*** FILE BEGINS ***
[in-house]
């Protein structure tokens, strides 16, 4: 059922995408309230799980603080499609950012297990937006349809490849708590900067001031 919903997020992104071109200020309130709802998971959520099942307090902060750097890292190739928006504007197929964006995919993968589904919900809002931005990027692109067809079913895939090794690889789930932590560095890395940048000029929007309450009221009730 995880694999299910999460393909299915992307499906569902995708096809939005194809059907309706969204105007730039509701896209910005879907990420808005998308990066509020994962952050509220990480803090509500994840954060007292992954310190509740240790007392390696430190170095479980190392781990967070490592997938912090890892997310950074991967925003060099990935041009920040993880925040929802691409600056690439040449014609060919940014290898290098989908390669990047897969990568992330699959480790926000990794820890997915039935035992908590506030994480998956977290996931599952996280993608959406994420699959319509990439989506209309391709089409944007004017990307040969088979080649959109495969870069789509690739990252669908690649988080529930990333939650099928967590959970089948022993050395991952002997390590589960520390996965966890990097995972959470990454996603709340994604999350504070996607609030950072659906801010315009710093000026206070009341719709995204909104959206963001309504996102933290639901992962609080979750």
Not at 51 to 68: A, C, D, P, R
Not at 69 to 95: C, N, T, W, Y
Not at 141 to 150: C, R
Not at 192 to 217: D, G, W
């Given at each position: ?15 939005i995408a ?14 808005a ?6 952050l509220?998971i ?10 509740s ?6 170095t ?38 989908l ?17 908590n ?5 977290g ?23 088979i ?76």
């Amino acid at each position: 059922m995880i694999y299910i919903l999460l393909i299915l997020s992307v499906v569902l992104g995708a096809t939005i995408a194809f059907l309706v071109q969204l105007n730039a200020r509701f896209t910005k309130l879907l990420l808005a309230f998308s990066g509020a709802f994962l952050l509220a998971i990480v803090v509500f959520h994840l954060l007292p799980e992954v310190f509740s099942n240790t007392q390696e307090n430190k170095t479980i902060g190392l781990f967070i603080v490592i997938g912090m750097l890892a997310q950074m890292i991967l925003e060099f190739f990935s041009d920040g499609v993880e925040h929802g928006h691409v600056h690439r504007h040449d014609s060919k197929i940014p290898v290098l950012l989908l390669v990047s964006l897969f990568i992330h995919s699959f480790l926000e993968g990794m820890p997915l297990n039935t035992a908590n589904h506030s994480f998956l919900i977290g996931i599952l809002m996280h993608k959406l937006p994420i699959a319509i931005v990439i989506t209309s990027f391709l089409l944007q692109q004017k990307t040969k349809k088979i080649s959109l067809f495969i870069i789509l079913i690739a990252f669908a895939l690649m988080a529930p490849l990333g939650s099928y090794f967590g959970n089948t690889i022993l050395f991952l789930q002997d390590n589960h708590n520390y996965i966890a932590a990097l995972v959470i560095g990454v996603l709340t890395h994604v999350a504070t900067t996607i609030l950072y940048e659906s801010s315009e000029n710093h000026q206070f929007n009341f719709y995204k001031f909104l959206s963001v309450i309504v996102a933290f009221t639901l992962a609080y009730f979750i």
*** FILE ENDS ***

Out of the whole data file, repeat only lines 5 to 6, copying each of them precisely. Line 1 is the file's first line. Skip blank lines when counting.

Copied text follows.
Not at 141 to 150: C, R
Not at 192 to 217: D, G, W